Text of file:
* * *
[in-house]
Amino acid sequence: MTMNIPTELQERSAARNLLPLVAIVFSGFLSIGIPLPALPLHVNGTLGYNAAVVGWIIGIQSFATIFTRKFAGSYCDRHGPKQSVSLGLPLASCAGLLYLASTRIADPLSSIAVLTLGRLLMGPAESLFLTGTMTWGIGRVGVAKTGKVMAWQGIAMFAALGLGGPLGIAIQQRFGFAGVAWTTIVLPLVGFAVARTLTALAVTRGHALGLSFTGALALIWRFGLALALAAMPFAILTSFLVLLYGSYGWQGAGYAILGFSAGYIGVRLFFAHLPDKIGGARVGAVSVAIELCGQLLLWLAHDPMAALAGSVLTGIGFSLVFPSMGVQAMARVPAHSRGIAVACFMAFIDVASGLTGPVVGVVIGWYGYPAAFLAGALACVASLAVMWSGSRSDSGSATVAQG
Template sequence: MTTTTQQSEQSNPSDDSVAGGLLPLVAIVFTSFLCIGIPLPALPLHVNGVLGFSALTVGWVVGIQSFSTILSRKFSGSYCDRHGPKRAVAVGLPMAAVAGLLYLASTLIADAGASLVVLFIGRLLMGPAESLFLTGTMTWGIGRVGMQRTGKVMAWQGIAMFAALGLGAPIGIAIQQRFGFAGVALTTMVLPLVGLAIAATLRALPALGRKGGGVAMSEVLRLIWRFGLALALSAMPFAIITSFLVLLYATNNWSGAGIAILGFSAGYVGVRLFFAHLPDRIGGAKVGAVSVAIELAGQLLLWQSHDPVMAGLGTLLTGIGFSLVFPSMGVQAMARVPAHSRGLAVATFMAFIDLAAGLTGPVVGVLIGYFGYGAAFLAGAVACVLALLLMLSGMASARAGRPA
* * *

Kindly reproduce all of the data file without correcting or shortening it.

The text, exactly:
[in-house]
Amino acid sequence: MTMNIPTELQERSAARNLLPLVAIVFSGFLSIGIPLPALPLHVNGTLGYNAAVVGWIIGIQSFATIFTRKFAGSYCDRHGPKQSVSLGLPLASCAGLLYLASTRIADPLSSIAVLTLGRLLMGPAESLFLTGTMTWGIGRVGVAKTGKVMAWQGIAMFAALGLGGPLGIAIQQRFGFAGVAWTTIVLPLVGFAVARTLTALAVTRGHALGLSFTGALALIWRFGLALALAAMPFAILTSFLVLLYGSYGWQGAGYAILGFSAGYIGVRLFFAHLPDKIGGARVGAVSVAIELCGQLLLWLAHDPMAALAGSVLTGIGFSLVFPSMGVQAMARVPAHSRGIAVACFMAFIDVASGLTGPVVGVVIGWYGYPAAFLAGALACVASLAVMWSGSRSDSGSATVAQG
Template sequence: MTTTTQQSEQSNPSDDSVAGGLLPLVAIVFTSFLCIGIPLPALPLHVNGVLGFSALTVGWVVGIQSFSTILSRKFSGSYCDRHGPKRAVAVGLPMAAVAGLLYLASTLIADAGASLVVLFIGRLLMGPAESLFLTGTMTWGIGRVGMQRTGKVMAWQGIAMFAALGLGAPIGIAIQQRFGFAGVALTTMVLPLVGLAIAATLRALPALGRKGGGVAMSEVLRLIWRFGLALALSAMPFAIITSFLVLLYATNNWSGAGIAILGFSAGYVGVRLFFAHLPDRIGGAKVGAVSVAIELAGQLLLWQSHDPVMAGLGTLLTGIGFSLVFPSMGVQAMARVPAHSRGLAVATFMAFIDLAAGLTGPVVGVLIGYFGYGAAFLAGAVACVLALLLMLSGMASARAGRPA